Where is "little india"

Jun 20th, 2011, 09:00 AM
Original Poster
Join Date: Feb 2003
Posts: 369
Where is "little india"

Can someone please tell me where the "Little India" neighborhood is in London? I know around Slough there are shops, etc., but is there anything closer in London? Is that what Brickyard Lane is?

I'm wondering where the clothing boutiques would be.

JamilaZ is offline  
Jun 20th, 2011, 09:15 AM
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Brick Lane is I think little Pakistan and Bangladesh - for a vibrant South Asian community take the Tube to Green Street (Upton Park Tube stop) in East London and turn north right out of the station and you would think you were in any Indian or Pakistani city - the Wembley area is similarly South Asian flavored as is Southall, near Slough. I am sure there are many other South Asian scenes in London but none IMO can be better than Green Street.
PalenQ is offline  
Jun 20th, 2011, 09:45 AM
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There is also a cluster of South Indian (mainly vegetarian) restaurants around Drummond St near Euston station.
Alec is offline  
Jun 20th, 2011, 10:49 AM
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There absolutely isn't one.

There are a number of neighbourhoods, well outside the centre, with strong regional affiliations, which is why 99.9% of Indian restaurants in the centre are so spectacularly mediocre.

The biggest Indian grouping is Gujeratis, concentrated in unspectacular, but VERY middle class, North London suburbs (always with good Indian shops near the railway or Metropolitan Line tube station): Wembley, Kingsbury, Harrow, Kingsbury Kenton. Generally, use the A-Z or Google Maps to find the *.* High Street or High Road, but walking near the station helps too

In the southern suburbs, there's a major cluster of Sri Lankan/South Indian Tamils and East African Asians (Hindus, Sikhs, Christians and Muslims, born in East Africa of South Asian origin, but expelled by the racist thugs who misgoverned the ex-colonies in the late 60s and early 70s) round Tooting Broadway and Colliers Wood tube stations (in the south, where there are few tube lines, South Asians oddly congregated round them: in the north, where there are lots, they congregated round the railway stations)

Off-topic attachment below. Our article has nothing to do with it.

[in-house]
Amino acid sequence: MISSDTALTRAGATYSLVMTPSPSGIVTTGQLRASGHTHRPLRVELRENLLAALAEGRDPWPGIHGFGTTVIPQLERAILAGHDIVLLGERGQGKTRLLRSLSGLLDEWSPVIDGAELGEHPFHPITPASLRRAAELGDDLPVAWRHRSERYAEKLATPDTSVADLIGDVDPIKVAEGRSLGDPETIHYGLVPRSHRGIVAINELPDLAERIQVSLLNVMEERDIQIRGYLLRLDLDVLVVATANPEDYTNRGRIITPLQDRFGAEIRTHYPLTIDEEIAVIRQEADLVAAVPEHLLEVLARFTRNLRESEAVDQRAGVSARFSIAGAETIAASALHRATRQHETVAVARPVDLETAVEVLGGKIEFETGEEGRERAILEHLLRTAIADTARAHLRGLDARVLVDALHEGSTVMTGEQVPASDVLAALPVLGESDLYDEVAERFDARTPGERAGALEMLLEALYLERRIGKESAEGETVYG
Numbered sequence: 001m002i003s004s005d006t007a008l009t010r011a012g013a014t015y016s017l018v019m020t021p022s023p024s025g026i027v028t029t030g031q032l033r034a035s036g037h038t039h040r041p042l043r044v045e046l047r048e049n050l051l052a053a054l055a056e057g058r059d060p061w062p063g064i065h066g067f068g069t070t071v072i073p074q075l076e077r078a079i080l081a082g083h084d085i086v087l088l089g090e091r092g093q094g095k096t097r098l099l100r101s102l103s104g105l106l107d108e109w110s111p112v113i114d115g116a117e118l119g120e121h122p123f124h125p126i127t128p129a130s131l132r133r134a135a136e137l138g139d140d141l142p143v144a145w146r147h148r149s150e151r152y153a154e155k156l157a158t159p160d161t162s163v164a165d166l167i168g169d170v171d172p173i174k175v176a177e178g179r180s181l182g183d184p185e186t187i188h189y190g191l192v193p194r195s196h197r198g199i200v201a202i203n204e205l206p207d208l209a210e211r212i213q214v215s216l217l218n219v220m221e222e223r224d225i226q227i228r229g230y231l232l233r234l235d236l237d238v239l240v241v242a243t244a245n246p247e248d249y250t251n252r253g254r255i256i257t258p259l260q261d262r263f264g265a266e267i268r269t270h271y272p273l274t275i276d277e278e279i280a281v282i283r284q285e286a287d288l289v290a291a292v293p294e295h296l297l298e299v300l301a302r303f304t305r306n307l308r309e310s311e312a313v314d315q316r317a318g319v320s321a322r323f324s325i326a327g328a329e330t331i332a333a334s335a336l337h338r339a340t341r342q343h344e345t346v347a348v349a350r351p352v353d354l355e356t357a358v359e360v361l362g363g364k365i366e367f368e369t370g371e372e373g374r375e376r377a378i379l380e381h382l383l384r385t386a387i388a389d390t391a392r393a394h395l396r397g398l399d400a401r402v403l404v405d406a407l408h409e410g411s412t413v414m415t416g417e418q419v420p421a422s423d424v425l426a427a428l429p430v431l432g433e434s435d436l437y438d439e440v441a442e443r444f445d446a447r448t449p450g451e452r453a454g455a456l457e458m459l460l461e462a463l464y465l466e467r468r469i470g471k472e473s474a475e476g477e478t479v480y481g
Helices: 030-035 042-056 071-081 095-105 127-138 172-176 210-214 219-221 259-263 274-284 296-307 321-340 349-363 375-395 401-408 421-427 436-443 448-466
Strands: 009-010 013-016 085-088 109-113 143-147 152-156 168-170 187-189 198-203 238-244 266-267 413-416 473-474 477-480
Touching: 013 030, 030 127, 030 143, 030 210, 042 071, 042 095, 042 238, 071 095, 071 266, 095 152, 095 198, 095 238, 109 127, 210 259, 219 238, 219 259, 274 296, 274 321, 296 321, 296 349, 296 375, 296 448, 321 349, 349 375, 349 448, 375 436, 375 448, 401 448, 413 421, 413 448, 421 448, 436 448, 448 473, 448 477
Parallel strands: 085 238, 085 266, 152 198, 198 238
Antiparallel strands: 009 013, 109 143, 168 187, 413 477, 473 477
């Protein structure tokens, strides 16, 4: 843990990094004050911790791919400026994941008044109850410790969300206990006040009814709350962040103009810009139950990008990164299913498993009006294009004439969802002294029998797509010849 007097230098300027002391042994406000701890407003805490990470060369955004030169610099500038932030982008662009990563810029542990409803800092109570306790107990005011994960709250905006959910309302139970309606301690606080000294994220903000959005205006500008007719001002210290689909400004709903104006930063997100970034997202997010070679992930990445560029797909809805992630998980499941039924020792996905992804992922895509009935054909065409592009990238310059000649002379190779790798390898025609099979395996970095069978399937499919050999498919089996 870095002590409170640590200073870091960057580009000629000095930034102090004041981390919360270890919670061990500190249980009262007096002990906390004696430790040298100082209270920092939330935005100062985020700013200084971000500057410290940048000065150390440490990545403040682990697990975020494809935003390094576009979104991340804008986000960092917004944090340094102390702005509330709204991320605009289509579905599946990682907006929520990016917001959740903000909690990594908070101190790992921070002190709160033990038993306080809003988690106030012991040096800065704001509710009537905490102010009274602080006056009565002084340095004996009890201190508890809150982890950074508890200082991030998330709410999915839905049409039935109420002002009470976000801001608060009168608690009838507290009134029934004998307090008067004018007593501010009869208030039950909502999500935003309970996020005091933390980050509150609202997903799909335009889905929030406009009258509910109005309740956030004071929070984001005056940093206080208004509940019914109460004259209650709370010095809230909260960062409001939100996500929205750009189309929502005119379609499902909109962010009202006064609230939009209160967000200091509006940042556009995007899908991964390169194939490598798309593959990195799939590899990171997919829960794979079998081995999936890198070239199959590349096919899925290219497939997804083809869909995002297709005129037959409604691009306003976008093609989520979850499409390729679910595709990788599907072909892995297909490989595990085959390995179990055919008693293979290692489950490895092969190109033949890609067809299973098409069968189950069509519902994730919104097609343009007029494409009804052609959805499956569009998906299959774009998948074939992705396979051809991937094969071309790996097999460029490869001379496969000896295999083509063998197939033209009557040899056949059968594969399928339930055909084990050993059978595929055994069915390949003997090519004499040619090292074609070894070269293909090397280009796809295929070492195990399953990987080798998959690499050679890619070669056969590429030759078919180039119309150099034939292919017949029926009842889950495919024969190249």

Avoid Brick Lane. The Indian-dominated suburbs cater heavily for locals, who tend to be affluent, spectacularly integrated, and heavily Sikh, Christian or Hindu. Their shops have articulate and knowledgeable cusatomers, and their merchants and restaurateurs are delighted to see visitores. Brick Lane's locals are poor, often heavily radicalised, Muslim Bangladeshis and Pakistanis, with a dreadful culture of discouraging English-speaking in women and no tradition of eating out. So Brick Lane's restaurants are for relatively undiscriminating tourists and City workers. Fun, but not worth savouring. Their raw food shops are terrific though for cooking at home.

Upton Park (PQ's Green St) is a more affluent, better integrated, Brick Lane. More Muslim than the southern and northern suburbs, but less resentment, squalor and misogyny.

Southall has probably the most "subcontinental" feel. The McDs advertise halal chicken, the pubs have been Indianned, the skyline is dominated by temple domes (the main Southall Sikh temple is amazing) and gold shops are ten a rupee.

The most spectacular monument though is the Hindu temple just south of IKEA in Neasden, newar the North London clusters
flanneruk is offline  
Jun 22nd, 2011, 08:18 AM
Join Date: Apr 2005
Posts: 5,056
The Indian lady I work with goes up to the Brick Lane area a couple of times a year for saris etc.
nona1 is offline  

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